Animals are euthanized every day at ACC, located at 7100 Belvedere Road in suburban West Palm Beach. Most cases involve dogs and cats suffering injuries from car strikes, pets with chronic illnesses, dangerous dogs, or pets voluntarily brought in by cash-strapped owners who can't afford to pay a private veterinarian to put down a terminally-ill pet.

The agency took a major step toward avoiding euthanasia in 2008 when it required local breeders to register and pay more for unsterilized pets. Since then, euthanizing animals for the purpose of freeing up kennel space has been rare.

“It's the first time in several years that we’re having to euthanize because of overcrowding,” Steele said in an interview. "I am trying to keep from doing that. What I want to do is get out in front of this.’’

Steele, in her second year as director, hopes the policy change spurs the public to help out.

“I was hoping to motivate people to say, ‘Look, we’ve been talking about this for the last year. I'm really serious. I don't want to euthanize for space. I want to get these animals out,’” she said.

“But I am at a point where if we don't move some of these animals out that I know can be saved, I’m going to have to euthanize them because they’ve been here for six months, they have heartworms, nobody wants to adopt them and I’ve got new dogs waiting for that one space.''

So far, the strategy appears to have netted some early positive results.

In the days after the announcement, rescue groups and others stepped up to adopt and foster, lowering the dog population to 192 as of Aug. 18.

But more help is needed before euthanasia can be removed as an overcrowding solution.

The shelter’s cat population has had crowding issues, too. The shelter, which can house 130 cats, had 132 on Aug. 15.

Dogs are the most pressing issue. The shelter's daily dog population hasn’t been under 144 — the number of available kennels — since Oct. 30, when it fell to 142.

Since April 6, 2022, which is around the time the crisis started, the dog population has been above 144 for all but 26 days. It has been above 200 every day from June 5 to Aug. 14, when it dipped to 198.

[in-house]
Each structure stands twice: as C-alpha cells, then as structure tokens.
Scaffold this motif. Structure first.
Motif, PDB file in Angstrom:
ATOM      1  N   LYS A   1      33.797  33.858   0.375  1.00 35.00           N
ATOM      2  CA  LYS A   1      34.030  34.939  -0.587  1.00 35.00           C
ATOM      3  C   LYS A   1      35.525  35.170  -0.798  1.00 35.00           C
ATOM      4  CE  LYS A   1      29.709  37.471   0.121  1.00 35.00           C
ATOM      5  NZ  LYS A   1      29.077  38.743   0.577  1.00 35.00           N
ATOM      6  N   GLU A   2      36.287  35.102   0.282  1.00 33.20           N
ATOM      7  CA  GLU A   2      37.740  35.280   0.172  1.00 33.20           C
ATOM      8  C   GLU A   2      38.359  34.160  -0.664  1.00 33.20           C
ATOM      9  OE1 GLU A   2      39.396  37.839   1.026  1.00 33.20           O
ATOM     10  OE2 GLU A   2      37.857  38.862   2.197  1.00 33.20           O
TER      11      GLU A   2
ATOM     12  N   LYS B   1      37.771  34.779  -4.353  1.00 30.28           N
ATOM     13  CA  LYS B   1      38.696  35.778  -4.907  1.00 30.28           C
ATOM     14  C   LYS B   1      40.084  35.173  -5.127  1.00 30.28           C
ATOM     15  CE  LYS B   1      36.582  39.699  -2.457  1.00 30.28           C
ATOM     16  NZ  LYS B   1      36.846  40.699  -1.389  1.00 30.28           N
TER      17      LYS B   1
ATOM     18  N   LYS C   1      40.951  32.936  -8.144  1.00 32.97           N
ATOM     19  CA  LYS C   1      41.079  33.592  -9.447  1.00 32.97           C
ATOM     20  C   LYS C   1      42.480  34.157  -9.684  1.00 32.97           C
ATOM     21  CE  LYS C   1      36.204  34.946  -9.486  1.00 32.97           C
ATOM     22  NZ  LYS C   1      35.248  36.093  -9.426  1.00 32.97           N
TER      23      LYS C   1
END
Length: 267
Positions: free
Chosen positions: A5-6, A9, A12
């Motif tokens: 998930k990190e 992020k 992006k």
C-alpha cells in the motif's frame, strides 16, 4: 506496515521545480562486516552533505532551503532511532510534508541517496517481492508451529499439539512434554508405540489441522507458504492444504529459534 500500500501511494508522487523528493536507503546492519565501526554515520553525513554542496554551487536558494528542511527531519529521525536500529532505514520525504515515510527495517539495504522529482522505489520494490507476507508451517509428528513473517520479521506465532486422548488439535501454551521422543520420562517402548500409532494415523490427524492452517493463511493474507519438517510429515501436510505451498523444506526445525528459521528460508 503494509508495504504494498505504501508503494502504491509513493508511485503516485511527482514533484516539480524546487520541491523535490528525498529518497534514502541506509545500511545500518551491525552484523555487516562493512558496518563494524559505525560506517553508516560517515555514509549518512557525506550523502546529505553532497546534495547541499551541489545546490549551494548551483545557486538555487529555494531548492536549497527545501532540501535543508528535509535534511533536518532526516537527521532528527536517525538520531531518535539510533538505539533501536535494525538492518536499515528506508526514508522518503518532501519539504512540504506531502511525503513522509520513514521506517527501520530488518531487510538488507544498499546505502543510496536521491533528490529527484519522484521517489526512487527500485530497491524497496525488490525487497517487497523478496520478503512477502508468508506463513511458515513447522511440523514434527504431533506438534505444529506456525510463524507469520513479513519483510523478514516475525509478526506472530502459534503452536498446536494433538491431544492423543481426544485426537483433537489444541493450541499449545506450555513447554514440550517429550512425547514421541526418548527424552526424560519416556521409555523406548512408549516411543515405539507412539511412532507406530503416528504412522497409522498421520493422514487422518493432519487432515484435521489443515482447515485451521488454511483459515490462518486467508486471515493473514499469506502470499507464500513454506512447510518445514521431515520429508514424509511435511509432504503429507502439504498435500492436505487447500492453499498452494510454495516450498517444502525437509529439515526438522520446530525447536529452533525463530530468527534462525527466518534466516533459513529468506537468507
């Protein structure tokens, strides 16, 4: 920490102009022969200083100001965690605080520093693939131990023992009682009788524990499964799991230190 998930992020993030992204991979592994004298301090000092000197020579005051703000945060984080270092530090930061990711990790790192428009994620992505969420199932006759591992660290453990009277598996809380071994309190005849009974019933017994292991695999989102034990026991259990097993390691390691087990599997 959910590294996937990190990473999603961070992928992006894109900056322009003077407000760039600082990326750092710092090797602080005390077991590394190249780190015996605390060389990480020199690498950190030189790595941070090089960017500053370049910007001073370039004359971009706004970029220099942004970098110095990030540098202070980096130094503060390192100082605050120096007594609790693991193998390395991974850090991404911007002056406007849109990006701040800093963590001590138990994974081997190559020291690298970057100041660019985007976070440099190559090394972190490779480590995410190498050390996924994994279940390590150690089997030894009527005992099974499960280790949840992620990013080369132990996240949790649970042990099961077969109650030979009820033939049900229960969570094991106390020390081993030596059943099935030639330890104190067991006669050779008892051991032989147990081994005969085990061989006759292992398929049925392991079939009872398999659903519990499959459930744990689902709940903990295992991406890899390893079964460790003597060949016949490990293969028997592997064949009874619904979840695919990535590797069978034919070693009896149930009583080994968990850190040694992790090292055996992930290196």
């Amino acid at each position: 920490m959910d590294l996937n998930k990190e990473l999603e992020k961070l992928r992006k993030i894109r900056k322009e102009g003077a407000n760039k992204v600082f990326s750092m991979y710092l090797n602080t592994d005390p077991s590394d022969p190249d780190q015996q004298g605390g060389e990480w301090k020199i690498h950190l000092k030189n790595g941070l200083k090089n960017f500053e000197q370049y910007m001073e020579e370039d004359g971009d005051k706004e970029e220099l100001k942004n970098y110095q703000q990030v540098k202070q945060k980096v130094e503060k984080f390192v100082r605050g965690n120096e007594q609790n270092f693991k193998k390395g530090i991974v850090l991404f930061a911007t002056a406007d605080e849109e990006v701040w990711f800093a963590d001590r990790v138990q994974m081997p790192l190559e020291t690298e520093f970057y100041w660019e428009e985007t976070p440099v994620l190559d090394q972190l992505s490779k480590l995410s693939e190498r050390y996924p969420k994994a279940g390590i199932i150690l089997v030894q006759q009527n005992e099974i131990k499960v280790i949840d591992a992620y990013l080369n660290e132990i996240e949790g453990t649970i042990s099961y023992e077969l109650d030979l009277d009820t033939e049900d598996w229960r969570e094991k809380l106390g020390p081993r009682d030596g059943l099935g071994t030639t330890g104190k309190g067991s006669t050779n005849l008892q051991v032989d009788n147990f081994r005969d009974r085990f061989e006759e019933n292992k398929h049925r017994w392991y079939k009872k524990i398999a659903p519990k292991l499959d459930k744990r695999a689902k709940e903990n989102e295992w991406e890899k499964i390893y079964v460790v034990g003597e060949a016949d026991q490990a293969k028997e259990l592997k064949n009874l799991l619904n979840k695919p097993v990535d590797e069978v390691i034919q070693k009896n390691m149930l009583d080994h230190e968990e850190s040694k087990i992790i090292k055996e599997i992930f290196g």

“We’re in an emergency situation,’’ Steele said in a statement posted Aug. 18 on the shelter’s website. “The sheer volume of animals is pushing us to the limit. We can’t do this alone. Our community’s support is vital now more than ever.’’

The shelter's dog population has exceeded the shelter's 144 kennels since early last year. It has been above 200 every day from June 5 to Aug. 14, 2023, when it dipped to 198. (Palm Beach County Animal Care and Control.)

Most individual kennels are 12 feet long, 6 feet high and 4 feet wide, with a sliding guillotine wall in the middle that allows staff members to clean the cages. The dog’s food, water and sleeping quarters are in one 6-foot half, with the other half used as the dog’s bathroom area.

Because of the overcrowding, the guillotine wall on many kennels has been dropped permanently to create two smaller kennels, each with food, water and sleeping quarters in the same space as the dog’s bathroom area.

“What we are doing right now is just not sustainable. It’s not humane. It's not best practice with cleaning and disinfecting,’’ Walesky said.

Each year, the shelter typically takes in more than 10,000 dogs and cats. That number will probably top 11,000 by the end of 2023, Steele said.

The shelter's goal is to have a release rate of at least 90 percent, which qualifies as a “no-kill shelter” designation. For example, a 94 percent release rate means that if 100 animals come to the shelter, 94 are released to a home or rescue and six are euthanized.

“We often operate above those numbers. Lately we have not been able to do that,” Walesky said. “I believe we are in the low 80s for dogs and in the high 70s for cats.’'